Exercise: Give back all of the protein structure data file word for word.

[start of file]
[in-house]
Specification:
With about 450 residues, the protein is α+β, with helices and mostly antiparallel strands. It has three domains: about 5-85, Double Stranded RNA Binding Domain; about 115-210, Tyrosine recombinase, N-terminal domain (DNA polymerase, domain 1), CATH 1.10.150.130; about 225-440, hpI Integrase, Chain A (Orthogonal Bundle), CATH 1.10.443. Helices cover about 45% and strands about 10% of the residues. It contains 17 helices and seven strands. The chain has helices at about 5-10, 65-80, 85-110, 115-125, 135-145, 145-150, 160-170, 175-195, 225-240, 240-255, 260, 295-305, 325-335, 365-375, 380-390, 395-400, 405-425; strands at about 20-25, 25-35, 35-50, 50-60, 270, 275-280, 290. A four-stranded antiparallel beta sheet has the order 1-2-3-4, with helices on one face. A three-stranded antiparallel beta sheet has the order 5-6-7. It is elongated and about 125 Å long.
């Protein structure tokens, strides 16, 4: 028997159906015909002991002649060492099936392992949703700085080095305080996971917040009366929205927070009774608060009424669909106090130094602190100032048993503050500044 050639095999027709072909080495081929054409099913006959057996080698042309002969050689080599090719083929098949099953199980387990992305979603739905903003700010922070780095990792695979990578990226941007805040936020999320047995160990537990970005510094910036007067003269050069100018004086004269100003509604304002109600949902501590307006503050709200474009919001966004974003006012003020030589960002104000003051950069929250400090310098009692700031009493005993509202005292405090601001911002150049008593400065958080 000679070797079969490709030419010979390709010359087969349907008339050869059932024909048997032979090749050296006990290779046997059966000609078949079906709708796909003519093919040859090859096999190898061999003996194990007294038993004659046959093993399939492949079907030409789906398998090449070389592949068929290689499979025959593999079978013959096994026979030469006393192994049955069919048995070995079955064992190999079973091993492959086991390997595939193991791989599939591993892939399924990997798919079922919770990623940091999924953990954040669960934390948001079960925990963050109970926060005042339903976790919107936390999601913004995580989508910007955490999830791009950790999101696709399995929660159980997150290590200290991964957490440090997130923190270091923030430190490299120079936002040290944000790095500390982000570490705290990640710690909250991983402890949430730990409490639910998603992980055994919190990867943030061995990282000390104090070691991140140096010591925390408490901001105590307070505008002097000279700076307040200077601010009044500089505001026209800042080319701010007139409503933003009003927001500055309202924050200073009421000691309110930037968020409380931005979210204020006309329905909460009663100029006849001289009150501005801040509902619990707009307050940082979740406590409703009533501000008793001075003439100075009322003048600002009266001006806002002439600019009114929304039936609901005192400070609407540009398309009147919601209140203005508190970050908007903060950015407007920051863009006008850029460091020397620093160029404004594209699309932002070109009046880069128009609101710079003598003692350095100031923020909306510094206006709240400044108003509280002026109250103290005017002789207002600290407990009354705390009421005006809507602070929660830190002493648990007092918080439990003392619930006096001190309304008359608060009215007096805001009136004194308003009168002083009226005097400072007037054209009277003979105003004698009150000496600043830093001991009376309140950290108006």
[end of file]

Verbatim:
[in-house]
Specification:
With about 450 residues, the protein is α+β, with helices and mostly antiparallel strands. It has three domains: about 5-85, Double Stranded RNA Binding Domain; about 115-210, Tyrosine recombinase, N-terminal domain (DNA polymerase, domain 1), CATH 1.10.150.130; about 225-440, hpI Integrase, Chain A (Orthogonal Bundle), CATH 1.10.443. Helices cover about 45% and strands about 10% of the residues. It contains 17 helices and seven strands. The chain has helices at about 5-10, 65-80, 85-110, 115-125, 135-145, 145-150, 160-170, 175-195, 225-240, 240-255, 260, 295-305, 325-335, 365-375, 380-390, 395-400, 405-425; strands at about 20-25, 25-35, 35-50, 50-60, 270, 275-280, 290. A four-stranded antiparallel beta sheet has the order 1-2-3-4, with helices on one face. A three-stranded antiparallel beta sheet has the order 5-6-7. It is elongated and about 125 Å long.
């Protein structure tokens, strides 16, 4: 028997159906015909002991002649060492099936392992949703700085080095305080996971917040009366929205927070009774608060009424669909106090130094602190100032048993503050500044 050639095999027709072909080495081929054409099913006959057996080698042309002969050689080599090719083929098949099953199980387990992305979603739905903003700010922070780095990792695979990578990226941007805040936020999320047995160990537990970005510094910036007067003269050069100018004086004269100003509604304002109600949902501590307006503050709200474009919001966004974003006012003020030589960002104000003051950069929250400090310098009692700031009493005993509202005292405090601001911002150049008593400065958080 000679070797079969490709030419010979390709010359087969349907008339050869059932024909048997032979090749050296006990290779046997059966000609078949079906709708796909003519093919040859090859096999190898061999003996194990007294038993004659046959093993399939492949079907030409789906398998090449070389592949068929290689499979025959593999079978013959096994026979030469006393192994049955069919048995070995079955064992190999079973091993492959086991390997595939193991791989599939591993892939399924990997798919079922919770990623940091999924953990954040669960934390948001079960925990963050109970926060005042339903976790919107936390999601913004995580989508910007955490999830791009950790999101696709399995929660159980997150290590200290991964957490440090997130923190270091923030430190490299120079936002040290944000790095500390982000570490705290990640710690909250991983402890949430730990409490639910998603992980055994919190990867943030061995990282000390104090070691991140140096010591925390408490901001105590307070505008002097000279700076307040200077601010009044500089505001026209800042080319701010007139409503933003009003927001500055309202924050200073009421000691309110930037968020409380931005979210204020006309329905909460009663100029006849001289009150501005801040509902619990707009307050940082979740406590409703009533501000008793001075003439100075009322003048600002009266001006806002002439600019009114929304039936609901005192400070609407540009398309009147919601209140203005508190970050908007903060950015407007920051863009006008850029460091020397620093160029404004594209699309932002070109009046880069128009609101710079003598003692350095100031923020909306510094206006709240400044108003509280002026109250103290005017002789207002600290407990009354705390009421005006809507602070929660830190002493648990007092918080439990003392619930006096001190309304008359608060009215007096805001009136004194308003009168002083009226005097400072007037054209009277003979105003004698009150000496600043830093001991009376309140950290108006």